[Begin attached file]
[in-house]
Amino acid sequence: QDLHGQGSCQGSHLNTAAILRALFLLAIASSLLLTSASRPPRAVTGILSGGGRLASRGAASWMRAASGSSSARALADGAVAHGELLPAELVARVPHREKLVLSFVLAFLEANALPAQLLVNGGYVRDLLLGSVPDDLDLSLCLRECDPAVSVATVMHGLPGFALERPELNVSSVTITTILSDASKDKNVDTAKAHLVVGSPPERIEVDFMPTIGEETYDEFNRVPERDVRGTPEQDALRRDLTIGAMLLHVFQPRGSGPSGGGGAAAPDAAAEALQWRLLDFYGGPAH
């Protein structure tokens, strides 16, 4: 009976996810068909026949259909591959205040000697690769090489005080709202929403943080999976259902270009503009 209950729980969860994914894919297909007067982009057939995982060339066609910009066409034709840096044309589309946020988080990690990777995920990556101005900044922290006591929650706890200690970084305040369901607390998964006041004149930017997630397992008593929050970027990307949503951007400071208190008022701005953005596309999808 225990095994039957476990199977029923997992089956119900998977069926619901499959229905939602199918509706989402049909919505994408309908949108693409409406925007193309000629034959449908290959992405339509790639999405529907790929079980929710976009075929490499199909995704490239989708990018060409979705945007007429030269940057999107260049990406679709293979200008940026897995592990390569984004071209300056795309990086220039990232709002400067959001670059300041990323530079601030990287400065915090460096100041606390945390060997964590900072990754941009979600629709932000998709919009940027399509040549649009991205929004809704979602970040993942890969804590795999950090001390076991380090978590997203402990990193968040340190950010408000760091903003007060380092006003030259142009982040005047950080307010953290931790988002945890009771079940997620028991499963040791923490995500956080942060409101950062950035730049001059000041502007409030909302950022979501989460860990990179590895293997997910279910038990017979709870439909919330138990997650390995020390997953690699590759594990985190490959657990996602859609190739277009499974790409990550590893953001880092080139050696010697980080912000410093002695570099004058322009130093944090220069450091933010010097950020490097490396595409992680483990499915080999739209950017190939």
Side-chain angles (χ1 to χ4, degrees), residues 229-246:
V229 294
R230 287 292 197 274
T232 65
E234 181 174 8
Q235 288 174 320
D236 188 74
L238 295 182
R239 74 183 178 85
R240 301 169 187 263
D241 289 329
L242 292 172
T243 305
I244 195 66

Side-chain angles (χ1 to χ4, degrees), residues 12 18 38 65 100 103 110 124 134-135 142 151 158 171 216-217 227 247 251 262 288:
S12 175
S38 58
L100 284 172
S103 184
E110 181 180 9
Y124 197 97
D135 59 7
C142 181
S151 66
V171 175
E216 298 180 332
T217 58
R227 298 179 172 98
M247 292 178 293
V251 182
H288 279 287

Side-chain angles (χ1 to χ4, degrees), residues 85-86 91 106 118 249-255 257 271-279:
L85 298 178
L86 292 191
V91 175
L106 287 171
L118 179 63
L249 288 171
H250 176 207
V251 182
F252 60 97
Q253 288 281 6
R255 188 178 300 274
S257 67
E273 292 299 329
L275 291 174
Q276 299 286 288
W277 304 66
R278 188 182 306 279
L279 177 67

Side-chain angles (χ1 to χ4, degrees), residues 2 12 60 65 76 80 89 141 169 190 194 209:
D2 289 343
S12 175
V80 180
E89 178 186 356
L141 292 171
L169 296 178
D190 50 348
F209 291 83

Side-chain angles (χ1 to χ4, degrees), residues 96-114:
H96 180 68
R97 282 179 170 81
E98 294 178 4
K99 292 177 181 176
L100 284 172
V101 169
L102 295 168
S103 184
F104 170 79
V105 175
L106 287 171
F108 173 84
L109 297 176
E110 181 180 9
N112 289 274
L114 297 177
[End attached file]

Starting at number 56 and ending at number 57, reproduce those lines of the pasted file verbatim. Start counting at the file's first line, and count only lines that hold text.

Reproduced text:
S12 175
V80 180